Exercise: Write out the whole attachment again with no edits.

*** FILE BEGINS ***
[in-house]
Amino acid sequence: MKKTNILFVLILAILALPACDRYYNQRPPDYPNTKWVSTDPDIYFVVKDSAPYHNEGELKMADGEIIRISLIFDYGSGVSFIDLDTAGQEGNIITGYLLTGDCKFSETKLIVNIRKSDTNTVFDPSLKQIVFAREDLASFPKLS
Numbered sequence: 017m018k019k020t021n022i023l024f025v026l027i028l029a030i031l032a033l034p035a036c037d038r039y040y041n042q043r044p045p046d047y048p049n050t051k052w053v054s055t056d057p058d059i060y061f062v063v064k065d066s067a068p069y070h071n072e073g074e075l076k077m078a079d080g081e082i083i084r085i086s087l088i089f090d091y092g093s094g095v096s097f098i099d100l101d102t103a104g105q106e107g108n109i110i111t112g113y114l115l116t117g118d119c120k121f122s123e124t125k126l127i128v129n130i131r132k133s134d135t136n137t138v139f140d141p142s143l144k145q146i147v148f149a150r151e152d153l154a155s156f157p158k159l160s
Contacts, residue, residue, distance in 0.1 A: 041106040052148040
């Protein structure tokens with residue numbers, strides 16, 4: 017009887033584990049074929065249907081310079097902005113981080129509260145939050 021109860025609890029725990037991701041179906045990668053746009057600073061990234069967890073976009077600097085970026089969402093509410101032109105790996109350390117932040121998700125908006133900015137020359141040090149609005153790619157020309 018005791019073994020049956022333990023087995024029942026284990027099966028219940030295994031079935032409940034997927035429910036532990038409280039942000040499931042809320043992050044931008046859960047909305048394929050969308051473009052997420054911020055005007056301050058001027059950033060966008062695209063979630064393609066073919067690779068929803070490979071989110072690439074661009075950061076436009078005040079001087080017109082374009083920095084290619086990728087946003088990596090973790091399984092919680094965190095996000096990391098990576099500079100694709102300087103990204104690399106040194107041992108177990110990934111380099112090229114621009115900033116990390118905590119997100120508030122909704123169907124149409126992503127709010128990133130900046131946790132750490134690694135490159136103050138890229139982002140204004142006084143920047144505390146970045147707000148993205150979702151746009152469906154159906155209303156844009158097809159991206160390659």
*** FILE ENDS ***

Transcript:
[in-house]
Amino acid sequence: MKKTNILFVLILAILALPACDRYYNQRPPDYPNTKWVSTDPDIYFVVKDSAPYHNEGELKMADGEIIRISLIFDYGSGVSFIDLDTAGQEGNIITGYLLTGDCKFSETKLIVNIRKSDTNTVFDPSLKQIVFAREDLASFPKLS
Numbered sequence: 017m018k019k020t021n022i023l024f025v026l027i028l029a030i031l032a033l034p035a036c037d038r039y040y041n042q043r044p045p046d047y048p049n050t051k052w053v054s055t056d057p058d059i060y061f062v063v064k065d066s067a068p069y070h071n072e073g074e075l076k077m078a079d080g081e082i083i084r085i086s087l088i089f090d091y092g093s094g095v096s097f098i099d100l101d102t103a104g105q106e107g108n109i110i111t112g113y114l115l116t117g118d119c120k121f122s123e124t125k126l127i128v129n130i131r132k133s134d135t136n137t138v139f140d141p142s143l144k145q146i147v148f149a150r151e152d153l154a155s156f157p158k159l160s
Contacts, residue, residue, distance in 0.1 A: 041106040052148040
């Protein structure tokens with residue numbers, strides 16, 4: 017009887033584990049074929065249907081310079097902005113981080129509260145939050 021109860025609890029725990037991701041179906045990668053746009057600073061990234069967890073976009077600097085970026089969402093509410101032109105790996109350390117932040121998700125908006133900015137020359141040090149609005153790619157020309 018005791019073994020049956022333990023087995024029942026284990027099966028219940030295994031079935032409940034997927035429910036532990038409280039942000040499931042809320043992050044931008046859960047909305048394929050969308051473009052997420054911020055005007056301050058001027059950033060966008062695209063979630064393609066073919067690779068929803070490979071989110072690439074661009075950061076436009078005040079001087080017109082374009083920095084290619086990728087946003088990596090973790091399984092919680094965190095996000096990391098990576099500079100694709102300087103990204104690399106040194107041992108177990110990934111380099112090229114621009115900033116990390118905590119997100120508030122909704123169907124149409126992503127709010128990133130900046131946790132750490134690694135490159136103050138890229139982002140204004142006084143920047144505390146970045147707000148993205150979702151746009152469906154159906155209303156844009158097809159991206160390659």